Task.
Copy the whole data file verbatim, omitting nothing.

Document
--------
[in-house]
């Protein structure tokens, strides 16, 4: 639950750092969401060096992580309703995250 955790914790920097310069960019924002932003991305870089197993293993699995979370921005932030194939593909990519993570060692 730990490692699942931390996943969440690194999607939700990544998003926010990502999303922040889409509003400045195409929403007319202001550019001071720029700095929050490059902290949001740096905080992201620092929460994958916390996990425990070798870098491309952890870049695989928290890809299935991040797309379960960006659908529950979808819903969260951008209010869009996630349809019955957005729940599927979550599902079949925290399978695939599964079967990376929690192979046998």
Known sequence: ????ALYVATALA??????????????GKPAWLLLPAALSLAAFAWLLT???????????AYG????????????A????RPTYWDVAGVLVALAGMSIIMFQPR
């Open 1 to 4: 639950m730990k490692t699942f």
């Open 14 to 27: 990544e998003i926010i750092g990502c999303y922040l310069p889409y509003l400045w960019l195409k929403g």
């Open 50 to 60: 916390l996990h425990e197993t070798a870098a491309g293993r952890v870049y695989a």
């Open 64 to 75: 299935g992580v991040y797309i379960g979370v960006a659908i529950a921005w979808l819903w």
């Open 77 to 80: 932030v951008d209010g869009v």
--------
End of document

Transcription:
[in-house]
């Protein structure tokens, strides 16, 4: 639950750092969401060096992580309703995250 955790914790920097310069960019924002932003991305870089197993293993699995979370921005932030194939593909990519993570060692 730990490692699942931390996943969440690194999607939700990544998003926010990502999303922040889409509003400045195409929403007319202001550019001071720029700095929050490059902290949001740096905080992201620092929460994958916390996990425990070798870098491309952890870049695989928290890809299935991040797309379960960006659908529950979808819903969260951008209010869009996630349809019955957005729940599927979550599902079949925290399978695939599964079967990376929690192979046998």
Known sequence: ????ALYVATALA??????????????GKPAWLLLPAALSLAAFAWLLT???????????AYG????????????A????RPTYWDVAGVLVALAGMSIIMFQPR
């Open 1 to 4: 639950m730990k490692t699942f």
């Open 14 to 27: 990544e998003i926010i750092g990502c999303y922040l310069p889409y509003l400045w960019l195409k929403g």
């Open 50 to 60: 916390l996990h425990e197993t070798a870098a491309g293993r952890v870049y695989a």
């Open 64 to 75: 299935g992580v991040y797309i379960g979370v960006a659908i529950a921005w979808l819903w």
């Open 77 to 80: 932030v951008d209010g869009v």